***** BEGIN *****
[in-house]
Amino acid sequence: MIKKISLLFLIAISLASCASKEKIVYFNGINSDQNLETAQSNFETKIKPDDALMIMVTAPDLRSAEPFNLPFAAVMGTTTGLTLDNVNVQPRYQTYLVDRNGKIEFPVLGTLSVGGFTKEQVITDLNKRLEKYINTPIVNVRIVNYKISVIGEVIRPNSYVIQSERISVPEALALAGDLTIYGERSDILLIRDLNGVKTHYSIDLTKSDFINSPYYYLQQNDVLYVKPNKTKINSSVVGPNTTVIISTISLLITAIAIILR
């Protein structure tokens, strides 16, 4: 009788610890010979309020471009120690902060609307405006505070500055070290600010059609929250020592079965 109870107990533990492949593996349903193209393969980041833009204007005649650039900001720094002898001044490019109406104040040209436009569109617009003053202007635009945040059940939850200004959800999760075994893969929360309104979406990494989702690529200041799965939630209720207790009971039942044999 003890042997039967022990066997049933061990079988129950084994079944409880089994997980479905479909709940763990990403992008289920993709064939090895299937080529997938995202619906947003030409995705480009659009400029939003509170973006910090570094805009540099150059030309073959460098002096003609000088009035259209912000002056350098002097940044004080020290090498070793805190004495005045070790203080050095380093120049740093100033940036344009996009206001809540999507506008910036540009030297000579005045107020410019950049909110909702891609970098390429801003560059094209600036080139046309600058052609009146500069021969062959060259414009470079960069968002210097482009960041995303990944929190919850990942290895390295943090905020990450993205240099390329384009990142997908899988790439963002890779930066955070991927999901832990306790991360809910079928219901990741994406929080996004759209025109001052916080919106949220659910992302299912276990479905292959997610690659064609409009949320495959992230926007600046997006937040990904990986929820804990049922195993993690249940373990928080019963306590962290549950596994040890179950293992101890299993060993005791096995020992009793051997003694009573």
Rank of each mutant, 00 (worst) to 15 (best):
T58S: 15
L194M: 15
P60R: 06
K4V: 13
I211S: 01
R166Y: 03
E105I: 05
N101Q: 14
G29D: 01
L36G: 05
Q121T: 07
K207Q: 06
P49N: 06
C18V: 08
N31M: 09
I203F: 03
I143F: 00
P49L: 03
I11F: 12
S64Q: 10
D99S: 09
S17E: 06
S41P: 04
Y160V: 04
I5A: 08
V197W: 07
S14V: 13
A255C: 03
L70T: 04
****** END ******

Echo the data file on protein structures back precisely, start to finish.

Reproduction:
[in-house]
Amino acid sequence: MIKKISLLFLIAISLASCASKEKIVYFNGINSDQNLETAQSNFETKIKPDDALMIMVTAPDLRSAEPFNLPFAAVMGTTTGLTLDNVNVQPRYQTYLVDRNGKIEFPVLGTLSVGGFTKEQVITDLNKRLEKYINTPIVNVRIVNYKISVIGEVIRPNSYVIQSERISVPEALALAGDLTIYGERSDILLIRDLNGVKTHYSIDLTKSDFINSPYYYLQQNDVLYVKPNKTKINSSVVGPNTTVIISTISLLITAIAIILR
């Protein structure tokens, strides 16, 4: 009788610890010979309020471009120690902060609307405006505070500055070290600010059609929250020592079965 109870107990533990492949593996349903193209393969980041833009204007005649650039900001720094002898001044490019109406104040040209436009569109617009003053202007635009945040059940939850200004959800999760075994893969929360309104979406990494989702690529200041799965939630209720207790009971039942044999 003890042997039967022990066997049933061990079988129950084994079944409880089994997980479905479909709940763990990403992008289920993709064939090895299937080529997938995202619906947003030409995705480009659009400029939003509170973006910090570094805009540099150059030309073959460098002096003609000088009035259209912000002056350098002097940044004080020290090498070793805190004495005045070790203080050095380093120049740093100033940036344009996009206001809540999507506008910036540009030297000579005045107020410019950049909110909702891609970098390429801003560059094209600036080139046309600058052609009146500069021969062959060259414009470079960069968002210097482009960041995303990944929190919850990942290895390295943090905020990450993205240099390329384009990142997908899988790439963002890779930066955070991927999901832990306790991360809910079928219901990741994406929080996004759209025109001052916080919106949220659910992302299912276990479905292959997610690659064609409009949320495959992230926007600046997006937040990904990986929820804990049922195993993690249940373990928080019963306590962290549950596994040890179950293992101890299993060993005791096995020992009793051997003694009573």
Rank of each mutant, 00 (worst) to 15 (best):
T58S: 15
L194M: 15
P60R: 06
K4V: 13
I211S: 01
R166Y: 03
E105I: 05
N101Q: 14
G29D: 01
L36G: 05
Q121T: 07
K207Q: 06
P49N: 06
C18V: 08
N31M: 09
I203F: 03
I143F: 00
P49L: 03
I11F: 12
S64Q: 10
D99S: 09
S17E: 06
S41P: 04
Y160V: 04
I5A: 08
V197W: 07
S14V: 13
A255C: 03
L70T: 04